Skip to main content

U.S. 'dark pool' trades up 50%

By Philip Stafford , FT.com
updated 9:31 PM EST, Mon November 19, 2012
Trading of U.S. equities on
Trading of U.S. equities on "dark pools" has grown by almost a half in the past three years, according to CFA.
STORY HIGHLIGHTS
  • Trading of US equities on "dark pools" has grown by almost a half in three years
  • CFA survey: Off-exchange trading now account for nearly a third of total market volume
  • Shift from transparent public exchanges has highlighted growing concern among regulators

(CNN) -- Trading of US equities on "dark pools" has grown by almost a half in the past three years to account for nearly a third of total market volume, according to research that underscores the challenge facing international regulators.

The shift from transparent public exchanges has highlighted growing concern among asset managers and global regulators about off-exchange trading, where prices are reported only after deals are executed.

Such venues allow investors to trade large blocks of shares anonymously, with prices posted publicly only after trades are done.

They have grown popular with asset managers as they minimise the risk of the market moving against them when executing a large order, or of seeing their order sliced up by high-frequency traders.

However authorities in the US, Europe and Australia are considering tighter regulation of such alternative trading venues amid fears that they could further fragment trading and dent the integrity of public markets.

A survey by the London-based CFA Institute found that trading of US equities on dark pools had risen 48 per cent since the start of 2009 to account for about 31 per cent of total consolidated volume, as of March. The CFA used data from Nasdaq OMX, as it collates the vast majority of equities trading data in the US.

Rhodri Preece, director of capital markets policy at the CFA and author of the report, estimated that there was a similar proportion in Europe. "The results suggest that dark trading does not harm market quality at its current levels but the gains are not indefinite," he said. "If the majority of order flow is filled away from pre-trade transparent markets, investors could withdraw quotes because of the reduced likelihood of those orders being filled.It would be prudent for authorities to monitor these developments closely," he said.

The study calculated that about 18 per cent of total volumes of trades were executed on broker-dealers' own trading desks -- a process known in the industry as "internalisation". That figure included virtually all retail orders, Mr Preece said.

Other block-trading venues, whether independent or bank-owned, accounted for 8-13 per cent of consolidated volume, the CFA said.

It called on broker-dealers to provide significant price improvement offer better prices for retail orders that are internalised, or route the order to public exchanges, so it could be executed against the order book. Mr Preece said such moves would help to uphold market integrity.

"It would thus minimise any disincentive to post displayed limit orders and would uphold market integrity," said Mr Preece.

The CFA called on regulators to monitor the growth in the proportion of dark volume trading and improve the reporting and disclosure around the operations of dark pools.

Last week, an annual survey by Tabb Group, the US capital markets consultancy, highlighted growing industry worries about market quality, shrinking commissions and widespread restructuring among broker-dealers.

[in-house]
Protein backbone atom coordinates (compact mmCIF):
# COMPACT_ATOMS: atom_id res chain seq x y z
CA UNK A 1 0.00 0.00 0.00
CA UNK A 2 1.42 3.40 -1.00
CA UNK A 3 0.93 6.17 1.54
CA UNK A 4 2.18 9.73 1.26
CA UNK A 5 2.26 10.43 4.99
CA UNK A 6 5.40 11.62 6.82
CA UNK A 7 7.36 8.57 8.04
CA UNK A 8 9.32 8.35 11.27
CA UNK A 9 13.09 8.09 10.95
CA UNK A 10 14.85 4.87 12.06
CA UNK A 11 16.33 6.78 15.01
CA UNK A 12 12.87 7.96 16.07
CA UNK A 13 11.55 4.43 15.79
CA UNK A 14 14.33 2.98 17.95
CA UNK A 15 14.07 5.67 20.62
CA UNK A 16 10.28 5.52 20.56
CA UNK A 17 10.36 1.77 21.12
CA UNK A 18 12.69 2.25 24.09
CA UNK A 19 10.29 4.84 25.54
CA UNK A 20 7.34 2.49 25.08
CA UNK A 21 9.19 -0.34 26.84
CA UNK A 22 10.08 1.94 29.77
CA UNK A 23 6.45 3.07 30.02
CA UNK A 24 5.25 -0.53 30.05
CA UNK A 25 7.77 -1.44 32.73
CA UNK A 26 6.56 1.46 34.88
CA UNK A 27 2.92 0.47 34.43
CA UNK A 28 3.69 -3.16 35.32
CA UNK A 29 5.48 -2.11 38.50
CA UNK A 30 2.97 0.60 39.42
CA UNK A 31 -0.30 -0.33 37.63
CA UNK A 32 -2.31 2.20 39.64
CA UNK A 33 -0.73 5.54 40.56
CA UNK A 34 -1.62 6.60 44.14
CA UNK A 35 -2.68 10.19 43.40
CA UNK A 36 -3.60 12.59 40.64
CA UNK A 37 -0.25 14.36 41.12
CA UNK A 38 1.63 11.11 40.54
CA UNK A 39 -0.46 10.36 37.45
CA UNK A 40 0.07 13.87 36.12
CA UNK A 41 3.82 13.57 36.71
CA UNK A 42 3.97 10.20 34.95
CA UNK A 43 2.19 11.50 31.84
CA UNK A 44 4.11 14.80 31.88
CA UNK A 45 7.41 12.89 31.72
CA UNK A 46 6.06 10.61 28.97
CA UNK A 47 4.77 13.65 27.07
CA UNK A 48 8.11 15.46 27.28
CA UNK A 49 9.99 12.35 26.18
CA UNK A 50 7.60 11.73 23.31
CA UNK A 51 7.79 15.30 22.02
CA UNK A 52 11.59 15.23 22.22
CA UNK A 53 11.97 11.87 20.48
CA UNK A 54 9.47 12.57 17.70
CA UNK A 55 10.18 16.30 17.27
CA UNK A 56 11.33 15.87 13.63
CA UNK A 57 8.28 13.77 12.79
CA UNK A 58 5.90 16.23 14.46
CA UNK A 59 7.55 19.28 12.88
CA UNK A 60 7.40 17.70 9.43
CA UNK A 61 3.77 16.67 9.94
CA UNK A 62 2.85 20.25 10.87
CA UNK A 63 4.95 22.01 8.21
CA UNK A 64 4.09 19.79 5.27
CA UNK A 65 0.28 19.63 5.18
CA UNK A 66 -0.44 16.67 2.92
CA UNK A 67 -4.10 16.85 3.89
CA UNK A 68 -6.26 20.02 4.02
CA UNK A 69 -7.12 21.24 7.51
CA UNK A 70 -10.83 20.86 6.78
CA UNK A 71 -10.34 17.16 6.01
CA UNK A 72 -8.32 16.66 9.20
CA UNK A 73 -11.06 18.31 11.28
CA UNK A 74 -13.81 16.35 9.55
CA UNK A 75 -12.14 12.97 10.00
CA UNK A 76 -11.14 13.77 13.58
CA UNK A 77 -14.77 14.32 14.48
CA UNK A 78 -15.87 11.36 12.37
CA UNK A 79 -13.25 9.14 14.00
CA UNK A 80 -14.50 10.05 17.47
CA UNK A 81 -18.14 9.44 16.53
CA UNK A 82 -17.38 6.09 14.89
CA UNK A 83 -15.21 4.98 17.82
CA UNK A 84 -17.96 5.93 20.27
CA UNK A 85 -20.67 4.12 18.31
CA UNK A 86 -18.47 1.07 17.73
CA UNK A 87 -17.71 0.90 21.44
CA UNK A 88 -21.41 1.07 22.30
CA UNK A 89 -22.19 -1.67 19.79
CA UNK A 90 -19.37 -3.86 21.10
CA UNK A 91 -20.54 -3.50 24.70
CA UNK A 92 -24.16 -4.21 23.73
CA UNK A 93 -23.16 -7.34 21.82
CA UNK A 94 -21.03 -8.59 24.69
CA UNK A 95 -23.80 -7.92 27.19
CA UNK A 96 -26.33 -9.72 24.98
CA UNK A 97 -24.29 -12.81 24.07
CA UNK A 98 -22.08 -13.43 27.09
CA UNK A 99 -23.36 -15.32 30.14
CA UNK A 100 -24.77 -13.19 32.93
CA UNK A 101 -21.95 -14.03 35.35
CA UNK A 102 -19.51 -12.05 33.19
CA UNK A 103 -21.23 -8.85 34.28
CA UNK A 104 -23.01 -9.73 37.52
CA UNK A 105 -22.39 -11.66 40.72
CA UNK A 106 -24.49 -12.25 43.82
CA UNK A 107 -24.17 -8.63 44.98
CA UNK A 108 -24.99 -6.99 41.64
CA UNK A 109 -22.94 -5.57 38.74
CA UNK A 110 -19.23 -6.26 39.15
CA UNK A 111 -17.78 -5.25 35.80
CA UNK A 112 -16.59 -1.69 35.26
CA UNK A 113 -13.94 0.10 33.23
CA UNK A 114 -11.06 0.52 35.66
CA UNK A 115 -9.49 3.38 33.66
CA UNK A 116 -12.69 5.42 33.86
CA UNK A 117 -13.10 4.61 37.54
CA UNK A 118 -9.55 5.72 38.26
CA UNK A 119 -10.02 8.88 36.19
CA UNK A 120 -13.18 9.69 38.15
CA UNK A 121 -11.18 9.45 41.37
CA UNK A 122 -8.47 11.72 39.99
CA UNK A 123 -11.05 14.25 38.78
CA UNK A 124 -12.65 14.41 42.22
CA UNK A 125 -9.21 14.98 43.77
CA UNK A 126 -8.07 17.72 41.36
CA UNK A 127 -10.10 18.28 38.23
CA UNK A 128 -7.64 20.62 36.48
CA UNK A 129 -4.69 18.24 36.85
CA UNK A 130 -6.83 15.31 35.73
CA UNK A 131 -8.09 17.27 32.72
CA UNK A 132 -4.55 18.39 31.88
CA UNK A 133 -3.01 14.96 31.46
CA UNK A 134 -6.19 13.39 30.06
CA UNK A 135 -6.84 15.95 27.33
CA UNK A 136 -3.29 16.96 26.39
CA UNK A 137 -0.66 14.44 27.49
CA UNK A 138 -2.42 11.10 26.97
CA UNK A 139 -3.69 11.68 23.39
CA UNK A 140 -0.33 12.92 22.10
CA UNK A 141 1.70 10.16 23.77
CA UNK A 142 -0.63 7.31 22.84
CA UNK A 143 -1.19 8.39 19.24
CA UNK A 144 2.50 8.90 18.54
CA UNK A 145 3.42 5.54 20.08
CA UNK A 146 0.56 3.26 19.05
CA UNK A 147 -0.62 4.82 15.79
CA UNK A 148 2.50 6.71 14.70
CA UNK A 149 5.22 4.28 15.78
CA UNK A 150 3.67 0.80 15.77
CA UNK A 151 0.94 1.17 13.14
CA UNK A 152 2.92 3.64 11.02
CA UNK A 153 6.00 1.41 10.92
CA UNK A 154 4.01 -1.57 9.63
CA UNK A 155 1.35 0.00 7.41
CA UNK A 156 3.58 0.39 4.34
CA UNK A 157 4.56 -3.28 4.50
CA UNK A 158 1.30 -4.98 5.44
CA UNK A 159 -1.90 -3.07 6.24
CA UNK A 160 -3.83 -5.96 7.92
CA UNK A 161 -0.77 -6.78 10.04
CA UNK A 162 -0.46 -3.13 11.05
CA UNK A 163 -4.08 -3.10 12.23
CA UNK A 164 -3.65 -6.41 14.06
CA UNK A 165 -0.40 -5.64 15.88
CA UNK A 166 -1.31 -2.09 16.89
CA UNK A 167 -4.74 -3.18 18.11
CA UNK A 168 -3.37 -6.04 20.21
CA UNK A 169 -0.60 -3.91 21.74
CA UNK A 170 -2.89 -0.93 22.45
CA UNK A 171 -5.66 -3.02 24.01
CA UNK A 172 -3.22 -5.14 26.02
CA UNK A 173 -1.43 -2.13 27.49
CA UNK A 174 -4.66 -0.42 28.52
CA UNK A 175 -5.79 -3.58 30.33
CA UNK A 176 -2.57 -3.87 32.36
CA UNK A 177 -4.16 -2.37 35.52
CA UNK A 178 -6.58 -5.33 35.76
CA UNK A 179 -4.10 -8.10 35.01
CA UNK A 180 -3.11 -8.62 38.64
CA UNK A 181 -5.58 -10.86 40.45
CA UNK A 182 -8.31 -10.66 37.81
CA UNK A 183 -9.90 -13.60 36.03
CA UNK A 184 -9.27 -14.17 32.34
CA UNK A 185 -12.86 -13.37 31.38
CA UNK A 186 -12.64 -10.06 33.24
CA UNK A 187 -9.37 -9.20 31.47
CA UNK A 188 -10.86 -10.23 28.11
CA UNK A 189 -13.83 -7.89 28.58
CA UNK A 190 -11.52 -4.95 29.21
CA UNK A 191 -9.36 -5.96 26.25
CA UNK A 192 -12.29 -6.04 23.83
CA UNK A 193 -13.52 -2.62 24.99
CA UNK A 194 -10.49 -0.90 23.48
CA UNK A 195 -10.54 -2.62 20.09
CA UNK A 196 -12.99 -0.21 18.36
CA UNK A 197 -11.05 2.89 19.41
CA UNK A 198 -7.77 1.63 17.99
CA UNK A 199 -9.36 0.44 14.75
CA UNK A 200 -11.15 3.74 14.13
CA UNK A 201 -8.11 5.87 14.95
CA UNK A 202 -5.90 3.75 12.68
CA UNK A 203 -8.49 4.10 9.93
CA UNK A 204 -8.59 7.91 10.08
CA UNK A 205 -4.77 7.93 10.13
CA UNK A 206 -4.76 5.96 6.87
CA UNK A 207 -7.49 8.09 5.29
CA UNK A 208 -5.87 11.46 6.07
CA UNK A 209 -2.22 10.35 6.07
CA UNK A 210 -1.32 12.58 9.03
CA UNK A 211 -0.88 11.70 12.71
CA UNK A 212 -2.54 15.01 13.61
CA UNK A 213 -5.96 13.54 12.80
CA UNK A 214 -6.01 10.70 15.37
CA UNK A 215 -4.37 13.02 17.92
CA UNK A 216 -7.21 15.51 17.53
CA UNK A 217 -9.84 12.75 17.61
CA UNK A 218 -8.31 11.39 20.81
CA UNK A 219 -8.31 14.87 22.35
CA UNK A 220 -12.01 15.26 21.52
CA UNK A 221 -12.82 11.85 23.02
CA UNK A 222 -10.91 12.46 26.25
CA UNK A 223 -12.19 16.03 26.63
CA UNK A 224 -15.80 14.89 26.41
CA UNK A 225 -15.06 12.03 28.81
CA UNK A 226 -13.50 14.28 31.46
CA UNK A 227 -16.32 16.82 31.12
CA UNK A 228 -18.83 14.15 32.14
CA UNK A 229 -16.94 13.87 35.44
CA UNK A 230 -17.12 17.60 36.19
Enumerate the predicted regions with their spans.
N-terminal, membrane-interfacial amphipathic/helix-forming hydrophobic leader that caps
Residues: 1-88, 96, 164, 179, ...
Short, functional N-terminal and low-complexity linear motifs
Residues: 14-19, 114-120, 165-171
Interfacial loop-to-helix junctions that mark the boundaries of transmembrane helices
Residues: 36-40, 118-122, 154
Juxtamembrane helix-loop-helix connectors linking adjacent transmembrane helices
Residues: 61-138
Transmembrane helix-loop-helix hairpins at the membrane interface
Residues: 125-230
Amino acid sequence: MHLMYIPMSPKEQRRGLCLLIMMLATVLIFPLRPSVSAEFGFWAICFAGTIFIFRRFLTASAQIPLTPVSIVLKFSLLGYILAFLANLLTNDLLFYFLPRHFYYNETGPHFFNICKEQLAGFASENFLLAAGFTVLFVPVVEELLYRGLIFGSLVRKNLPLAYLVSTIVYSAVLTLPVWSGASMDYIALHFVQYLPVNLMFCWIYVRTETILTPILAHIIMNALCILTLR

ADVERTISEMENT
Part of complete coverage on
updated 4:04 AM EDT, Thu October 9, 2014
Liberia, Sierra Leone and Guinea -- the three countries facing the biggest health crisis -- are also facing huge bills to try and contain the virus.
updated 9:16 AM EDT, Mon September 22, 2014
Twitter has lost its position in the top 20 coolest brands for the first time in three years.
updated 11:54 AM EDT, Thu September 25, 2014
As the crisis in Iraq escalates, CNN looks at how Iraq could crack down on ISIS' oil riches under the guidance of its new oil minister, Adel Abdul Mahdi.
updated 4:42 AM EDT, Fri August 29, 2014
Recep Tayyip Erdogan is Turkey's new president . So can he revitalize its economic fortunes?
updated 1:24 PM EDT, Fri September 19, 2014
Experts share their tips on cities they see as emerging financial hubs...they're not where you think.
updated 11:11 AM EDT, Thu October 9, 2014
Growing numbers of us are willing to serve as bank, teacher or travel agent to people we have never met, and entrust them to serve us in turn.
updated 8:44 AM EDT, Thu August 28, 2014
The European Union is stepping in to save its dairy from going sour.
updated 8:36 AM EDT, Mon August 18, 2014
Europe's deteriorating relationship with Russia has hit the region's growth, even before new food sanctions begin to bite.
updated 12:34 PM EDT, Wed July 16, 2014
With cyberattacks on the rise and here to stay, it's a modern-day challenge for people and businesses to get smarter about preventing them.
updated 9:24 AM EDT, Thu August 14, 2014
Airstrikes, rebels seizing control of oil fields, plus a severe refugee crisis are a recipe for market panic. So why are Iraq oil prices stable?
updated 7:24 AM EDT, Fri September 19, 2014
Peer-to-peer finance lets businesses bypass bank loans. Creative companies with quirky ideas find new lending models advantageous.
updated 11:24 AM EDT, Sun July 20, 2014
Evidence points to pro-Russian separatists as perpetrators of the attack and Vladimir Putin is facing questions, David Clark writes.
updated 5:52 AM EDT, Wed September 3, 2014
CNN's Jim Boulden looks on the future of online shopping.
updated 10:40 AM EDT, Tue August 5, 2014
The biggest Ebola outbreak in history is taking its toll in Western Africa, hitting some of West Africa's most vulnerable economies.
ADVERTISEMENT